The July 4 Metro story "Deaths Highlight Mayor's Strained Community Relations" reported that D.C. Mayor Anthony Williams had "upset" Latino community leaders and myself "by not inviting them to come along" on a community walkthrough following shootings the night before.

That characterization trivializes our concerns and misses the point.

What upset us was not the absence of an invitation. What upset us was the lack of engagement with major community concerns about violence and tragedy. Police Chief Charles Ramsey has acknowledged that the principles of community policing, for which he is an advocate, were not utilized in this incident. Instead, the response was limited to obviously important yet traditional crime-solving -- "whodunit stuff," as he put it -- and a highly publicized walk around in a neighborhood blocks from the one in which the shootings occurred.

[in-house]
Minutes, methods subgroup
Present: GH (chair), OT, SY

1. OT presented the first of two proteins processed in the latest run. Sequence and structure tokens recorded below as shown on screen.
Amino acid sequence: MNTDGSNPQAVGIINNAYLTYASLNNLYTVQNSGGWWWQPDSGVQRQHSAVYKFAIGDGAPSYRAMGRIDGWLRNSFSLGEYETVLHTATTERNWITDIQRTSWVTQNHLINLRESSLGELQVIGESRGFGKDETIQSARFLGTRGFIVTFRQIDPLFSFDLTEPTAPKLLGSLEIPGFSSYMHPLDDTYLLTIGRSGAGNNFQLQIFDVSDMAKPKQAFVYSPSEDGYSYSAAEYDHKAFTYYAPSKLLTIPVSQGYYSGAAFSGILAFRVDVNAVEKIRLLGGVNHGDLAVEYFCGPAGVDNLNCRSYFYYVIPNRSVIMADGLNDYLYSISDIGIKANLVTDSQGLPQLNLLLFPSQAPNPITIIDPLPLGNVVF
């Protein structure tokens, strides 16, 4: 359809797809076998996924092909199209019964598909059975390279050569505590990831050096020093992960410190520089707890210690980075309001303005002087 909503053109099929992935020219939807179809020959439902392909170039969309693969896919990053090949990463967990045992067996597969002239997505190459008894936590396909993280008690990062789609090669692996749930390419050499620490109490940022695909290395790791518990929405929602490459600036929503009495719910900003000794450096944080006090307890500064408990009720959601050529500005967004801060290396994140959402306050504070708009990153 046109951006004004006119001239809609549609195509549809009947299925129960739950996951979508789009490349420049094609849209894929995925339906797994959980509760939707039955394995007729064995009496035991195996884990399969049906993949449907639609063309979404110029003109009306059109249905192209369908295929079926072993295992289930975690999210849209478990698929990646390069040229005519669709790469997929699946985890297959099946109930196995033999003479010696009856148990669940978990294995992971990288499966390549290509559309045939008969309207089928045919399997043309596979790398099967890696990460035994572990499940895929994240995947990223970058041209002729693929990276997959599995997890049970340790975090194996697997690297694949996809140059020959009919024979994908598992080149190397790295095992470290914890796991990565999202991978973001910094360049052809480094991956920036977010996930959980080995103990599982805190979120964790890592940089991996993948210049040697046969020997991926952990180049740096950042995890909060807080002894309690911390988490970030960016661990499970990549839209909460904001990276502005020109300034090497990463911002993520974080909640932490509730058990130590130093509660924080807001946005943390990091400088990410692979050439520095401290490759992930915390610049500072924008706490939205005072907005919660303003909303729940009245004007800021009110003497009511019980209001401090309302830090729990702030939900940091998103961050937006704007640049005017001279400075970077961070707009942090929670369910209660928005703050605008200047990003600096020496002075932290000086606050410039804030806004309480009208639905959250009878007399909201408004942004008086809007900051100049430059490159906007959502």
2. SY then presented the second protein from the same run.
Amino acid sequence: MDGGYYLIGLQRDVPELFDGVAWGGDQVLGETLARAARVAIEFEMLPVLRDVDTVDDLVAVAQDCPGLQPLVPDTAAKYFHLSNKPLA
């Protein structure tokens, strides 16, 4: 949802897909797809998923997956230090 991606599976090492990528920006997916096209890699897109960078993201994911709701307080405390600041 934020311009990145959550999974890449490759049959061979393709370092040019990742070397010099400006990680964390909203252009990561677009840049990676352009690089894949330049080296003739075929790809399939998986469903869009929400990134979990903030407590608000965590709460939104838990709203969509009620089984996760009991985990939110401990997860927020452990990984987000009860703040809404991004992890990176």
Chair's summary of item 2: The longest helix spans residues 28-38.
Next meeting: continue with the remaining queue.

Meanwhile, there had been no direct contact with those involved in the tragedy.

Imagine the trauma inflicted by 10 shots fired randomly with a semiautomatic weapon into a crowd of teenagers who had just left a party on a warm Friday night at a community-based organization, not only on the five persons who were injured but also on everyone who was there. And yet there was no contact, no opportunity of engagement on the various aspects of these shootings.

Chief Ramsey has said repeatedly that community policing can work only if there is trust. Trust is built through engagement and participation. On that weekend, nothing like it happened.

JIM GRAHAM

Council Member (D-Ward 1)

Council of the District of Columbia

Washington